Move over Wikileaks, because this week's internet site that the US government loves to hate is Megaupload.com - or at least it was until the FBI and US Department of Justice shut it down yesterday and arrested most of the people running it.
Megaupload allowed users to upload files of virtually any kind and receive a unique download URL to share with their friends, clients or whoever. The basic free service allowed for files up to 2GB, while the premium service had no such limits. Files were deleted if no one grabbed them for 21 days.
However, the FBI and DOJ claimed Megaupload was used to distribute pirated material - including video games - on a massive scale. The authorities alleged that the site's operators were not only aware of this but encouraged it and only paid lip service to removal notices from copyright holders.
According to their swanky federal calculators, Megaupload brought in $175 million in "illegal profits" through advertising revenue and premium memberships, and the damage done to copyright holders by all this criminality was "well in excess of $500 million".
Before it was shut down Megaupload posted a statement, picked up by the BBC, saying that the allegations were "grotesquely overblown". "The fact is that the vast majority of Mega's internet traffic is legitimate, and we are here to stay," it added, before being switched off.
The news has not gone down well in all corners of the internet, with notorious denial-of-service group Anonymous apparently targeting the FBI and DOJ websites in response. Both were back up at the time of writing.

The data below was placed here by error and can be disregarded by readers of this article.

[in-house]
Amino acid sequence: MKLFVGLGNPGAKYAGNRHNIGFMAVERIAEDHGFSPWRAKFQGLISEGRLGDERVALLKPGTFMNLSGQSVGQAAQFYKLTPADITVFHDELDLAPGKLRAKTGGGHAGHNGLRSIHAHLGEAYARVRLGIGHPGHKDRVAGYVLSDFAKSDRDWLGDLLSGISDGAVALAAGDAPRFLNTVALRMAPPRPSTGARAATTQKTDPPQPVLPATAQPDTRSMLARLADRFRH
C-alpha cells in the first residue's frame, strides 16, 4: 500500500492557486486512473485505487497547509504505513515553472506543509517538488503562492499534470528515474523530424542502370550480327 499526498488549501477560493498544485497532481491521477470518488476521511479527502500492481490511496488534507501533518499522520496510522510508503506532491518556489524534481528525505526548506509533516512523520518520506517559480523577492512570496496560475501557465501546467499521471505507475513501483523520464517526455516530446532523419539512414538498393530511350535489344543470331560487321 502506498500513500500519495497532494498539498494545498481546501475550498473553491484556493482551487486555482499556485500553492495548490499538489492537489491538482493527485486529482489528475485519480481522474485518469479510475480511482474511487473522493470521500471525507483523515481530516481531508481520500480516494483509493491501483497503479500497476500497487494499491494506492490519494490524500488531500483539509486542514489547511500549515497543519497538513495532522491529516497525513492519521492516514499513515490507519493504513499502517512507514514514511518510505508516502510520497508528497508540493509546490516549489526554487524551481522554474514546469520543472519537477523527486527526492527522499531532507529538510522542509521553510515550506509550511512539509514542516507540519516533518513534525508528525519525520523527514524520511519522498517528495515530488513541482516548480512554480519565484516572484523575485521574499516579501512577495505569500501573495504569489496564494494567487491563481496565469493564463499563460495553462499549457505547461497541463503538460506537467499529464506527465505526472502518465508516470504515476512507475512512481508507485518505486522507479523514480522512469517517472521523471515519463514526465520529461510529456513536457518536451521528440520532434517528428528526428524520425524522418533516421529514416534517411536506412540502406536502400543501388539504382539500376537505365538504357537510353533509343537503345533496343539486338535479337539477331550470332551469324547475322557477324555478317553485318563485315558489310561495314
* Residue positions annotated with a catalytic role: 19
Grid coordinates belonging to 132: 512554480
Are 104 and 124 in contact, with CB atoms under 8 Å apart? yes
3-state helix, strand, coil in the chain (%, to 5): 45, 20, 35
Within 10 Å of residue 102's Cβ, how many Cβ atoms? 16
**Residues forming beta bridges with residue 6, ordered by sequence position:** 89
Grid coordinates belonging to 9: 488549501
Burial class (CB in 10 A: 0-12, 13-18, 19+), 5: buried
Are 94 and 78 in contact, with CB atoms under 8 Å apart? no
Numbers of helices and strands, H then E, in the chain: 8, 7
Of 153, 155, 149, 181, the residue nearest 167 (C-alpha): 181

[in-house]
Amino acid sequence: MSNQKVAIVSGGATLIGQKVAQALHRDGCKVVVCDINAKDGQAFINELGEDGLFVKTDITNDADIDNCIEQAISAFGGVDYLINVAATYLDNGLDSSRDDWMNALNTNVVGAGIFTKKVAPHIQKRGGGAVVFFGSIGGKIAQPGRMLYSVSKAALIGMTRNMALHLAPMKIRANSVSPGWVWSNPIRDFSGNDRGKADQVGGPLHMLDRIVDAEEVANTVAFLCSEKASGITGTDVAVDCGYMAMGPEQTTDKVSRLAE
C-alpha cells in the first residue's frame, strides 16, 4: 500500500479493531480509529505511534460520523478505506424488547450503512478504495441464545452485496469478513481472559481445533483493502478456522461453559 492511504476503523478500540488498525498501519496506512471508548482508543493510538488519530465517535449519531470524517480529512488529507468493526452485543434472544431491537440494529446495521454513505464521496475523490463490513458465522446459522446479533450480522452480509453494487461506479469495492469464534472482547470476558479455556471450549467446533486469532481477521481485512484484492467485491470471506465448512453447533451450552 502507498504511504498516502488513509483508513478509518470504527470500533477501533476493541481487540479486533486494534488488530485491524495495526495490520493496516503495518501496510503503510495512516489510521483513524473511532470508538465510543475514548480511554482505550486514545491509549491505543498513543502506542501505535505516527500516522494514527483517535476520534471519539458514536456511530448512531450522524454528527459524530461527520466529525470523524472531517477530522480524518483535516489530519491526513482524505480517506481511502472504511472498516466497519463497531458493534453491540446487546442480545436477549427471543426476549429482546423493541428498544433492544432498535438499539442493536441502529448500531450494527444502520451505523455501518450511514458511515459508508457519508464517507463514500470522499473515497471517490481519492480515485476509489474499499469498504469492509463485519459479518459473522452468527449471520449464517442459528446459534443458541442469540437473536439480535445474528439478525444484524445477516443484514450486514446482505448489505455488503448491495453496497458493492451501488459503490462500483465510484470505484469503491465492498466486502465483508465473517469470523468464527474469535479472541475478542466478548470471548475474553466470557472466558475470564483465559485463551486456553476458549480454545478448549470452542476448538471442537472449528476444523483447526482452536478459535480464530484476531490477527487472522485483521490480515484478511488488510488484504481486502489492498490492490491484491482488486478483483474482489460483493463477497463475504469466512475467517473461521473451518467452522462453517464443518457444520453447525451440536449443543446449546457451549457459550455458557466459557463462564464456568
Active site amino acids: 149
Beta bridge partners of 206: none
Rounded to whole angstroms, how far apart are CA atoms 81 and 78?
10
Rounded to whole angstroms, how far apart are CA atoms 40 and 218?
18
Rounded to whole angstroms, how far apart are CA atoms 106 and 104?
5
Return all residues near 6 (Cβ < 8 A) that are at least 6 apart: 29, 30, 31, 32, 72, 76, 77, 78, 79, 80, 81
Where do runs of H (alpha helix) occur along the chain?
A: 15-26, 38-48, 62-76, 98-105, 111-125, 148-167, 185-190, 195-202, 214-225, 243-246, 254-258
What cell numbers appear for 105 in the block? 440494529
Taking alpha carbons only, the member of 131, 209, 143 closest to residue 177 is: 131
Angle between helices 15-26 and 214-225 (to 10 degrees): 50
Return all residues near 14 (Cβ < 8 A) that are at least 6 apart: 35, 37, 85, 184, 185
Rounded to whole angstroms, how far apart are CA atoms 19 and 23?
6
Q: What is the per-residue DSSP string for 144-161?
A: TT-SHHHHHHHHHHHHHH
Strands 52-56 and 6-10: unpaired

The FBI and DOJ statement about the arrests - described as "among the largest criminal copyright cases ever brought by the United States" - went into some detail about the allegations of criminal copyright infringement and money laundering listed on the indictment.
"The conspirators allegedly paid users whom they specifically knew uploaded infringing content and publicised their links to users throughout the world," it said.
"As alleged in the indictment, the conspirators failed to terminate accounts of users with known copyright infringement, selectively complied with their obligations to remove copyrighted materials from their servers and deliberately misrepresented to copyright holders that they had removed infringing content.
"For example, when notified by a rights holder that a file contained infringing content, the indictment alleges that the conspirators would disable only a single link to the file, deliberately and deceptively leaving the infringing content in place to make it seamlessly available to millions of users to access through any one of the many duplicate links available for that file."
The FBI and DOJ announced coordinated arrests in nine countries. Co-founders Kim Dotcom (formerly Kim Schmitz) and Mathias Ortmann were both arrested in Auckland, New Zealand while others were rounded up elsewhere. A few of the company's employees remain at large.
The news comes in the same week as widespread protests against SOPA and PIPA laws that could cause massive disruption to the internet under the auspices of preventing copyright infringement and piracy.
US authorities denied that the two things were linked, claiming the Megaupload decision was made weeks ago.